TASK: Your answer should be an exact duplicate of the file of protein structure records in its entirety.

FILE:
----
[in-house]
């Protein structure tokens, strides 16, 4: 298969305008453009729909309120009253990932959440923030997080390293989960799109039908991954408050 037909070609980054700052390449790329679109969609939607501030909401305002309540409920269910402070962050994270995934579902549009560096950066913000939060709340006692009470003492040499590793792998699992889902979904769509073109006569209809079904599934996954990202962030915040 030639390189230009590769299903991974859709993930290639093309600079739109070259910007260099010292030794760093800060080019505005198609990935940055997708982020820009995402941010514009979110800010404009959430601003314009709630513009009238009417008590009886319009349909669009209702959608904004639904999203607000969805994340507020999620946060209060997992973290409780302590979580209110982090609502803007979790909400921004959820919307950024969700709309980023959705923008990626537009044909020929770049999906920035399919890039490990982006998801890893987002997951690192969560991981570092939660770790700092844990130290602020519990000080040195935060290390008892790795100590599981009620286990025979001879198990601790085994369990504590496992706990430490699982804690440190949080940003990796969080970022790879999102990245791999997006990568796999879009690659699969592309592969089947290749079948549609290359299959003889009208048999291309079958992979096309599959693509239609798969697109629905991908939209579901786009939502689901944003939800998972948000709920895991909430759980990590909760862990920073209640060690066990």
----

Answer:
[in-house]
């Protein structure tokens, strides 16, 4: 298969305008453009729909309120009253990932959440923030997080390293989960799109039908991954408050 037909070609980054700052390449790329679109969609939607501030909401305002309540409920269910402070962050994270995934579902549009560096950066913000939060709340006692009470003492040499590793792998699992889902979904769509073109006569209809079904599934996954990202962030915040 030639390189230009590769299903991974859709993930290639093309600079739109070259910007260099010292030794760093800060080019505005198609990935940055997708982020820009995402941010514009979110800010404009959430601003314009709630513009009238009417008590009886319009349909669009209702959608904004639904999203607000969805994340507020999620946060209060997992973290409780302590979580209110982090609502803007979790909400921004959820919307950024969700709309980023959705923008990626537009044909020929770049999906920035399919890039490990982006998801890893987002997951690192969560991981570092939660770790700092844990130290602020519990000080040195935060290390008892790795100590599981009620286990025979001879198990601790085994369990504590496992706990430490699982804690440190949080940003990796969080970022790879999102990245791999997006990568796999879009690659699969592309592969089947290749079948549609290359299959003889009208048999291309079958992979096309599959693509239609798969697109629905991908939209579901786009939502689901944003939800998972948000709920895991909430759980990590909760862990920073209640060690066990």